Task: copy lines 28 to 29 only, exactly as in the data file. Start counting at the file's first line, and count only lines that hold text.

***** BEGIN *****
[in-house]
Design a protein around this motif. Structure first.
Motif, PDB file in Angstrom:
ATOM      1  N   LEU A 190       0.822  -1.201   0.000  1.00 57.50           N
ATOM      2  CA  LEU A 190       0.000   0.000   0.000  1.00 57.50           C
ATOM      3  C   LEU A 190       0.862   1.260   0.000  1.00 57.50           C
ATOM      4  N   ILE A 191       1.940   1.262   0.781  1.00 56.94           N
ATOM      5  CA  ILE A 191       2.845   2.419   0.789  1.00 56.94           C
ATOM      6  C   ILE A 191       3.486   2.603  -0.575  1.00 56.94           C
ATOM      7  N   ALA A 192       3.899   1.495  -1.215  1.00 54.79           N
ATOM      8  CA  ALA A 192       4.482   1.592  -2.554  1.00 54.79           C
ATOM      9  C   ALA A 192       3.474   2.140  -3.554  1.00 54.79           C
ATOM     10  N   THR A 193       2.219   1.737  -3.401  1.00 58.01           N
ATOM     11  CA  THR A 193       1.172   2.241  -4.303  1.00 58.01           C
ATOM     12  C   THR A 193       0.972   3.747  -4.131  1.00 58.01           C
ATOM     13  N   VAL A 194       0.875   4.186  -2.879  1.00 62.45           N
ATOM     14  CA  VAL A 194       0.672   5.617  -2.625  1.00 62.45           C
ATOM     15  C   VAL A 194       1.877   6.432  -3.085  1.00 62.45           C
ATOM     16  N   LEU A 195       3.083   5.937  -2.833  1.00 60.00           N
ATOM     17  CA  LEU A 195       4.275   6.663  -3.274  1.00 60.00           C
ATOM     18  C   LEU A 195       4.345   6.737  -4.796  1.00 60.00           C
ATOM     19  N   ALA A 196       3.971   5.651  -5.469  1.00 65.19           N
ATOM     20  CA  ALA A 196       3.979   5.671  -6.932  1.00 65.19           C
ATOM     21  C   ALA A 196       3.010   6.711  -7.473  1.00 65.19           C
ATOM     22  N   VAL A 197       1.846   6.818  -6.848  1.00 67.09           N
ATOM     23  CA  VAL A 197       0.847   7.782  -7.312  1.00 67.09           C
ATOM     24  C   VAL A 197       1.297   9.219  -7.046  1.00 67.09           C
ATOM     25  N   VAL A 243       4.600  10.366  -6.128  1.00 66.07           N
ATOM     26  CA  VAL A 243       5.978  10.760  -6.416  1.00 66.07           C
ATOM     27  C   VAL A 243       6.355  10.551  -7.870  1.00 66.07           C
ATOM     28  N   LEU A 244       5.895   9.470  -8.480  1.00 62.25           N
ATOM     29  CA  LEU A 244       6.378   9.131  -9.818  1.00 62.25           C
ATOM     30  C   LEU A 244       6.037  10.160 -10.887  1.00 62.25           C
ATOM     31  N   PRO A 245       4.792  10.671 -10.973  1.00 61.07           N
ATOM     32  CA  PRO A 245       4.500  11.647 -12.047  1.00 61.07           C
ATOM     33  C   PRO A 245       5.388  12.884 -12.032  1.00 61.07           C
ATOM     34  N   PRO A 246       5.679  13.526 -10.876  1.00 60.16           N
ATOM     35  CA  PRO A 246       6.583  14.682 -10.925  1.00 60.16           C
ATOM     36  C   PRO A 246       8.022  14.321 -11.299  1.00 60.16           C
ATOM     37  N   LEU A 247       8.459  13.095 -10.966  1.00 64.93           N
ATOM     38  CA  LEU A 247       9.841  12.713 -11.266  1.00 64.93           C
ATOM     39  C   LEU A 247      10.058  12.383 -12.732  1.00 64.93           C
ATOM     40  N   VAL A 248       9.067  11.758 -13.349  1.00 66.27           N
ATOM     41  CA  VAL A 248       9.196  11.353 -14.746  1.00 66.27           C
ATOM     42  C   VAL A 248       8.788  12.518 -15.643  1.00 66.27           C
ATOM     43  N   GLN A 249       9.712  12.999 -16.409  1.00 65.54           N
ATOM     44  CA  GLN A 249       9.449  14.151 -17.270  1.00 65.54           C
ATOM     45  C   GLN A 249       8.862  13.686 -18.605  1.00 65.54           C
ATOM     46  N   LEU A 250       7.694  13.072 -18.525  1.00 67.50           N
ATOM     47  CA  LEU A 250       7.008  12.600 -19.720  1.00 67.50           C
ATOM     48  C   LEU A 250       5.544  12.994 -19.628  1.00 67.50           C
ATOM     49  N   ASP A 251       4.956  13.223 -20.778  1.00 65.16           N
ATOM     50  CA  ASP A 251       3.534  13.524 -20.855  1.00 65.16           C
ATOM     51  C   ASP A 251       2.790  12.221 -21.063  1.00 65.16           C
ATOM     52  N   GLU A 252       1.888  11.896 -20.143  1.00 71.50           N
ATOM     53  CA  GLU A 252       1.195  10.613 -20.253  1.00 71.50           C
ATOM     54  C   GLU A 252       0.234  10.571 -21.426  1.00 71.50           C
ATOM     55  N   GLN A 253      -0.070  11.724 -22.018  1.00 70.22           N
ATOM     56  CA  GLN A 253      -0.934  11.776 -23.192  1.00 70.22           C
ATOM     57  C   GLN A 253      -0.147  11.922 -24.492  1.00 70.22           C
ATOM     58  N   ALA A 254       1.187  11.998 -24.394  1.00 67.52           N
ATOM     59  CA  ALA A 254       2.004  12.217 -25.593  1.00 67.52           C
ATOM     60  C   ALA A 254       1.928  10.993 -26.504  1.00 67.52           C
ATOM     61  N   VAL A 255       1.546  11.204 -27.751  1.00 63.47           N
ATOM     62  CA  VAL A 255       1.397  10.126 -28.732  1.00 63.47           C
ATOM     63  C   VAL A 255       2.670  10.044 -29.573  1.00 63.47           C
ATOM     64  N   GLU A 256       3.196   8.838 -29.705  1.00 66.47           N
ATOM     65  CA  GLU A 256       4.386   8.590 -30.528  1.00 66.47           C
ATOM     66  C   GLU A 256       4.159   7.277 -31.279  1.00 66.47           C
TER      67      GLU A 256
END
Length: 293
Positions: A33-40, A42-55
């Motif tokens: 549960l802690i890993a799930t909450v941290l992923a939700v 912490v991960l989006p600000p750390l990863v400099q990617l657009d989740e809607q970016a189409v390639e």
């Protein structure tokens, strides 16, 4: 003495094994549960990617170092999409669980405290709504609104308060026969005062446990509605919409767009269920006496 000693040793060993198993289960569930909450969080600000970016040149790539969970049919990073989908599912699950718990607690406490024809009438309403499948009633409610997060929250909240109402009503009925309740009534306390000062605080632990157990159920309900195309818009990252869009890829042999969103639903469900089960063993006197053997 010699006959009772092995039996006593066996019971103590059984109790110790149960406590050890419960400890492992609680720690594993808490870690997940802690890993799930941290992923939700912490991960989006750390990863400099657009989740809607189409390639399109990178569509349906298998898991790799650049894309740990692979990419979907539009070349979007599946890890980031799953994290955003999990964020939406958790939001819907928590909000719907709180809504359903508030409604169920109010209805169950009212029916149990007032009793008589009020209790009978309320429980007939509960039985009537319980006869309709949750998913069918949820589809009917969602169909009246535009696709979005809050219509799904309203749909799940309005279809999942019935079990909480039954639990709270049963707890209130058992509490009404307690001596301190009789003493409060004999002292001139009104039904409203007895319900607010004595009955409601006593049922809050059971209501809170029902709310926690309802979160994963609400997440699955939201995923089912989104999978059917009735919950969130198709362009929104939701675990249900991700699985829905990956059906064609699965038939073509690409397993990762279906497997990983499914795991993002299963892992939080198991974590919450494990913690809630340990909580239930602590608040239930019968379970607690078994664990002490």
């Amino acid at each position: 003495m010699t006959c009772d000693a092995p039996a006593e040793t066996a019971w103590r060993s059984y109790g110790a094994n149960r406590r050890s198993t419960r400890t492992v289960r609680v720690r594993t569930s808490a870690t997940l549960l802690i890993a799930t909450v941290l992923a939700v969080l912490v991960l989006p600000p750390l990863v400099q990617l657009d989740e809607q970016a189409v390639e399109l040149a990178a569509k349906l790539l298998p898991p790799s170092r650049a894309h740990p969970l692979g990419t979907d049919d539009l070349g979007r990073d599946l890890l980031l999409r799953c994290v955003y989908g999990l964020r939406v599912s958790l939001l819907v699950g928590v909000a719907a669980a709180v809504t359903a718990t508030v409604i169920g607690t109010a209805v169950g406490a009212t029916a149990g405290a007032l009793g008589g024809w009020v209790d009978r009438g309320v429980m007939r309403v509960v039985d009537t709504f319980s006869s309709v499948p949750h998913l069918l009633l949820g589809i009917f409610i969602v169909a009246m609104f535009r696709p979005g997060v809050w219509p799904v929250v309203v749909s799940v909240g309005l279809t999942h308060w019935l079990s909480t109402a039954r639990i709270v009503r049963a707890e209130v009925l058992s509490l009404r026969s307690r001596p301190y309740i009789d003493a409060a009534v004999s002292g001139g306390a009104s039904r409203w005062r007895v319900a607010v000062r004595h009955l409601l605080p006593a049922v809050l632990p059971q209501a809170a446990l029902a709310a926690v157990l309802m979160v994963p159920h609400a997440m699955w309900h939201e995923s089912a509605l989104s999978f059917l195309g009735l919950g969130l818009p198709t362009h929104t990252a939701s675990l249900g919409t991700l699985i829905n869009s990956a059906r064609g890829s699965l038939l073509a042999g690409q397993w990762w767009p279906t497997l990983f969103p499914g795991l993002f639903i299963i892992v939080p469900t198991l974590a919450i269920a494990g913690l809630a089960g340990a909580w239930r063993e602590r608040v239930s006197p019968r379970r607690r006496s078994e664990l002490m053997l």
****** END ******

ATOM     25  N   VAL A 243       4.600  10.366  -6.128  1.00 66.07           N
ATOM     26  CA  VAL A 243       5.978  10.760  -6.416  1.00 66.07           C